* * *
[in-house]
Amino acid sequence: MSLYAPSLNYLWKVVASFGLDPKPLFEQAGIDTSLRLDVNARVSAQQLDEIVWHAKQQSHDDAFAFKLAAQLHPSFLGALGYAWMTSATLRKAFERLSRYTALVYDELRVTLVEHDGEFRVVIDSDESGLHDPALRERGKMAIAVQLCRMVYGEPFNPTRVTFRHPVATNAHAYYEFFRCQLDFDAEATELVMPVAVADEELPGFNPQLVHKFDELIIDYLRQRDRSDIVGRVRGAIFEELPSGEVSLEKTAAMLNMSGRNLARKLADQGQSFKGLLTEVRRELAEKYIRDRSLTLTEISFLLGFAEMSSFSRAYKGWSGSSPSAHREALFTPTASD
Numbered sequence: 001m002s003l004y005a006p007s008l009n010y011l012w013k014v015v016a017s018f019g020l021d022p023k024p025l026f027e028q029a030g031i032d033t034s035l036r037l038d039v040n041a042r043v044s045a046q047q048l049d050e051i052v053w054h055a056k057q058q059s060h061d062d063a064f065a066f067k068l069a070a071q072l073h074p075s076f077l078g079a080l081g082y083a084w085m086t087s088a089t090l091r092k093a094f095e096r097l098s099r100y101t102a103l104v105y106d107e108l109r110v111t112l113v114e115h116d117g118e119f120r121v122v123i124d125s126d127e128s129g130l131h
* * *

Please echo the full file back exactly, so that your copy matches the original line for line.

[in-house]
Amino acid sequence: MSLYAPSLNYLWKVVASFGLDPKPLFEQAGIDTSLRLDVNARVSAQQLDEIVWHAKQQSHDDAFAFKLAAQLHPSFLGALGYAWMTSATLRKAFERLSRYTALVYDELRVTLVEHDGEFRVVIDSDESGLHDPALRERGKMAIAVQLCRMVYGEPFNPTRVTFRHPVATNAHAYYEFFRCQLDFDAEATELVMPVAVADEELPGFNPQLVHKFDELIIDYLRQRDRSDIVGRVRGAIFEELPSGEVSLEKTAAMLNMSGRNLARKLADQGQSFKGLLTEVRRELAEKYIRDRSLTLTEISFLLGFAEMSSFSRAYKGWSGSSPSAHREALFTPTASD
Numbered sequence: 001m002s003l004y005a006p007s008l009n010y011l012w013k014v015v016a017s018f019g020l021d022p023k024p025l026f027e028q029a030g031i032d033t034s035l036r037l038d039v040n041a042r043v044s045a046q047q048l049d050e051i052v053w054h055a056k057q058q059s060h061d062d063a064f065a066f067k068l069a070a071q072l073h074p075s076f077l078g079a080l081g082y083a084w085m086t087s088a089t090l091r092k093a094f095e096r097l098s099r100y101t102a103l104v105y106d107e108l109r110v111t112l113v114e115h116d117g118e119f120r121v122v123i124d125s126d127e128s129g130l131h